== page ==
If your email messages are being signed using
SHA-1 you may not be getting
the security you think you are.
Attacks on the hashing
algorithm have caused much pain to those that use it. Luckily
SHA-2 is available and
hopefully we'll start seeing
SHA-3 out in the world soon.
You've probably already seen SHA-2 in the wild designated as SHA-224,
SHA-256, SHA-384, and SHA-512. Because of the weaknesses found in SHA-1
it's important to not use that algorithm any longer. That means when
you generate hashes you shouldn't use sha1sum but rather one of the
SHA-2 tools: sha224sum, sha256sum, sha384sum, or sha512sum. Depending
on the length of time you need to protect the data the strength of the
hash will be important. A larger key will be more secure for a longer
period of time than a shorter one.
GNU Privacy Guard
(GPG) has a default of using SHA-1, however, unless you manually select
another algorithm in your gpg.conf file (usually found in ~/.gnupg). To
use something other than the default you should add the following lines:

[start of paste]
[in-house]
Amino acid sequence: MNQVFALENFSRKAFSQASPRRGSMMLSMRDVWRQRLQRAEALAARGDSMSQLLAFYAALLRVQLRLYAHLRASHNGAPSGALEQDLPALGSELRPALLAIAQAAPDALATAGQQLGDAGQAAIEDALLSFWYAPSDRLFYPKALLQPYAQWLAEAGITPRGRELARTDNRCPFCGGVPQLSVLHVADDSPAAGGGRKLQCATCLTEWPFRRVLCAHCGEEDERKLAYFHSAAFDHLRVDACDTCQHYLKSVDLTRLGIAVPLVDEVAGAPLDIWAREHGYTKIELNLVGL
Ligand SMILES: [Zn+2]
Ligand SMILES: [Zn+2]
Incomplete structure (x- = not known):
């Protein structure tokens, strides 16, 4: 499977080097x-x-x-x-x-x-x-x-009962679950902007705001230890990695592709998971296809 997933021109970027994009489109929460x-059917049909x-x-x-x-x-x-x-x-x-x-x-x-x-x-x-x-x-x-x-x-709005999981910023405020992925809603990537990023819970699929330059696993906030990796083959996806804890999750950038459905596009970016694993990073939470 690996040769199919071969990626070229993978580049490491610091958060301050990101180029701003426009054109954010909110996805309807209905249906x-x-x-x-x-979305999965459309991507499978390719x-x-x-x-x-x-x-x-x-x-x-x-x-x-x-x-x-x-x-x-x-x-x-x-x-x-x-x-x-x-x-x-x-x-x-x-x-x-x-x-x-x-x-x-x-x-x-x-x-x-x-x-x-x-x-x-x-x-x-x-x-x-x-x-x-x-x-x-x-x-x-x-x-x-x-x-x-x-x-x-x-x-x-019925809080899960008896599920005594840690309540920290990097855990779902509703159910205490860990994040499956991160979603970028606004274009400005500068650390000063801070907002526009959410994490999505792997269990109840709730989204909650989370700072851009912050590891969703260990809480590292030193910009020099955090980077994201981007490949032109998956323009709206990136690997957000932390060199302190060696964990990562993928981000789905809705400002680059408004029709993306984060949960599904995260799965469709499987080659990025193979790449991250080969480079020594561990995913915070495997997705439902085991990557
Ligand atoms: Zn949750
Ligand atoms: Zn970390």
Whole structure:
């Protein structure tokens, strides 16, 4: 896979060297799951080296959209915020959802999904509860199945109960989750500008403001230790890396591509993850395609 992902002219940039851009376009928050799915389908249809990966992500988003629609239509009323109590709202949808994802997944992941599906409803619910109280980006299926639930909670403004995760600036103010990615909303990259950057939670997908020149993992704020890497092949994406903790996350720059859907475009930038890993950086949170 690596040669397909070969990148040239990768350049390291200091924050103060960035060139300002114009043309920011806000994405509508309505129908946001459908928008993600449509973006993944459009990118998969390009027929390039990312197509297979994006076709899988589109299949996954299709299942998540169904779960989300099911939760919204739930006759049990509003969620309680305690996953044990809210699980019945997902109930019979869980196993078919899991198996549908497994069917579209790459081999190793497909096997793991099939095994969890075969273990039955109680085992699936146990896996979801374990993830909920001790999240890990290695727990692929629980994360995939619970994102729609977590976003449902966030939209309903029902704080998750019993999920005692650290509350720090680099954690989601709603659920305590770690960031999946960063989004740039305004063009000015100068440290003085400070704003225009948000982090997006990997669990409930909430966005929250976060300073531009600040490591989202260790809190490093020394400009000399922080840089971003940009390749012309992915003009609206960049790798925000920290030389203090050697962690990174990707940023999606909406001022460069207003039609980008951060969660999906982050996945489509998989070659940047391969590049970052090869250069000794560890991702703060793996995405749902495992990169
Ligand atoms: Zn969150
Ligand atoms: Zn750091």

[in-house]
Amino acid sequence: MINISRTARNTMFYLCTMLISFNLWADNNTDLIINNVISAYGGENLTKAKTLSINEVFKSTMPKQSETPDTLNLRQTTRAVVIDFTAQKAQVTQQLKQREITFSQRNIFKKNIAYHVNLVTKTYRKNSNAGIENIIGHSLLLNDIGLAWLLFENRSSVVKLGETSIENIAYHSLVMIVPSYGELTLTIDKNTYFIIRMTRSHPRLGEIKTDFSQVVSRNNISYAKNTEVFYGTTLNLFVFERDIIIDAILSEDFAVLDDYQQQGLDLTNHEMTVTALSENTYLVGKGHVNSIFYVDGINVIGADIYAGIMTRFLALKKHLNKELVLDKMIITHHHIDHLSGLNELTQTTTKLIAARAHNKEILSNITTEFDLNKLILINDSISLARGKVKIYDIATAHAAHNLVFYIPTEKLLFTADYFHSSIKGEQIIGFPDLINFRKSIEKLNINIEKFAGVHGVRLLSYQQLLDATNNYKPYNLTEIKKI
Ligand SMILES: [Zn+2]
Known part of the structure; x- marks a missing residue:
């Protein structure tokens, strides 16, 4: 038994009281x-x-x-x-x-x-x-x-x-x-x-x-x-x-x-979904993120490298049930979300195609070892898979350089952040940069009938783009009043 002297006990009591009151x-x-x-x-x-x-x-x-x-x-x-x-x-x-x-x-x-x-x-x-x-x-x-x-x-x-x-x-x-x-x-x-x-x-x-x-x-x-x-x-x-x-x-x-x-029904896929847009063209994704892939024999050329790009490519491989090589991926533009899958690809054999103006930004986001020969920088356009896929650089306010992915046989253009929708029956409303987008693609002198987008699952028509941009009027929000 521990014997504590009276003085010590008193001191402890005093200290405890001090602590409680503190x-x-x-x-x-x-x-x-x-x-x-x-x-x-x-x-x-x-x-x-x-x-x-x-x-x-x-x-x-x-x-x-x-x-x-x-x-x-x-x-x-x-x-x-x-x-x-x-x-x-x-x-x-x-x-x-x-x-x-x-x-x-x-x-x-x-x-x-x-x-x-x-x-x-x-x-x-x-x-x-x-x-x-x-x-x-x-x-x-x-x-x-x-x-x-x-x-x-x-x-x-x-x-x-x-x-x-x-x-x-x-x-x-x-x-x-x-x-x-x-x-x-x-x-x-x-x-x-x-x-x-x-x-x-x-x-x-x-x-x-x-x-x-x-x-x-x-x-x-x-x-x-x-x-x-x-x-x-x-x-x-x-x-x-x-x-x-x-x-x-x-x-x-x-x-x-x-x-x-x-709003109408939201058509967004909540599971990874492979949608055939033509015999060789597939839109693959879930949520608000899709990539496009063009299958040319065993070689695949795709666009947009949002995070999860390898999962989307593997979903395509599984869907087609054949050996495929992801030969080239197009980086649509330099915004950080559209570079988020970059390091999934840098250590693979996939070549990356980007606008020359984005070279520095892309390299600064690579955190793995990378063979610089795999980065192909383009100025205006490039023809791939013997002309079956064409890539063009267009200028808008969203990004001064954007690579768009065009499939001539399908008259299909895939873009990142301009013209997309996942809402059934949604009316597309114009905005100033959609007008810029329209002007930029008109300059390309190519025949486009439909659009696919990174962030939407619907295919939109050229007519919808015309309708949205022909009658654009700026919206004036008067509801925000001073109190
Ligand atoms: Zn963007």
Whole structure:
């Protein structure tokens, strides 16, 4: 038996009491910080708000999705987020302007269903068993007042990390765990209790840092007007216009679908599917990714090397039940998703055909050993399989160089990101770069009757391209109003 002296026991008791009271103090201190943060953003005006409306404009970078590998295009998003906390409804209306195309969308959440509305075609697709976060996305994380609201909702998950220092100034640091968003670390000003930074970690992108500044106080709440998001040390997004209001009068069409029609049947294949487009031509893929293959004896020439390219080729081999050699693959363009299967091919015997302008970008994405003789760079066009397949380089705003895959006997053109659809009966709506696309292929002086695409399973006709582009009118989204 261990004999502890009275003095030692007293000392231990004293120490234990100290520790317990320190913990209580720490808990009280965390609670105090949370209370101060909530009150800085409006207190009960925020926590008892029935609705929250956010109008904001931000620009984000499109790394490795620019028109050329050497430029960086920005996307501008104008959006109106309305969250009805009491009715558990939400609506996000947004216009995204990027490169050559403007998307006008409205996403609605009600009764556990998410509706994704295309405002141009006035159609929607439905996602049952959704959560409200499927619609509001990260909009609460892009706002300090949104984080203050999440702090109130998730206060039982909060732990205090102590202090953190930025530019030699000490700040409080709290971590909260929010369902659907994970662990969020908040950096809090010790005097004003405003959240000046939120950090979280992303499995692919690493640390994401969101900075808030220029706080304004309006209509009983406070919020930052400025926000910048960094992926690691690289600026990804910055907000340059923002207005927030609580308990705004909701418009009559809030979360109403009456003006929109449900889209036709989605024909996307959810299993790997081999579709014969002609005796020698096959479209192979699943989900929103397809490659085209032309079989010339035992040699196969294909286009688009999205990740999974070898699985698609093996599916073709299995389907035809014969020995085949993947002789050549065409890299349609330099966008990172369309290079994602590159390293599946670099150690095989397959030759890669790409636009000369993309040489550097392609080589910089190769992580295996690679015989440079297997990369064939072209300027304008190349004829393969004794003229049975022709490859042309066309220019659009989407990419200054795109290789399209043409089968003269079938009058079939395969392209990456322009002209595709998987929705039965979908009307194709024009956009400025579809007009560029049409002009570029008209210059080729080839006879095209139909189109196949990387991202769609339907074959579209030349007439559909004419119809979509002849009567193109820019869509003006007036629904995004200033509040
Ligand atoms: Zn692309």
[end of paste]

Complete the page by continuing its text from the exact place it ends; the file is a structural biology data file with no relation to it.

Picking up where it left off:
personal-cipher-preferences AES256 TWOFISH AES192 AES
personal-digest-preferences SHA512 SHA384 SHA256
personal-compress-preferences ZLIB BZIP2 ZIP
These lines establish not only the preferences for which algorithms to
use (for cipher, digest (hashing), and compression) but also in what
order to use them. You can determine what algorithms are available to
you by asking GPG in the command line:
$ gpg --version
Pubkey: RSA, ELG, DSA
Cipher: 3DES, CAST5, BLOWFISH, AES, AES192, AES256, TWOFISH, CAMELLIA128,
Hash: MD5, SHA1, RIPEMD160, SHA256, SHA384, SHA512, SHA224
Compression: Uncompressed, ZIP, ZLIB, BZIP2
GPG will show specifically what is supported based on what's built into
the code when the package was built.
Using the proper algorithm is important for maintaining a secure
communications environment so do your research and use something in
which you feel comfortable.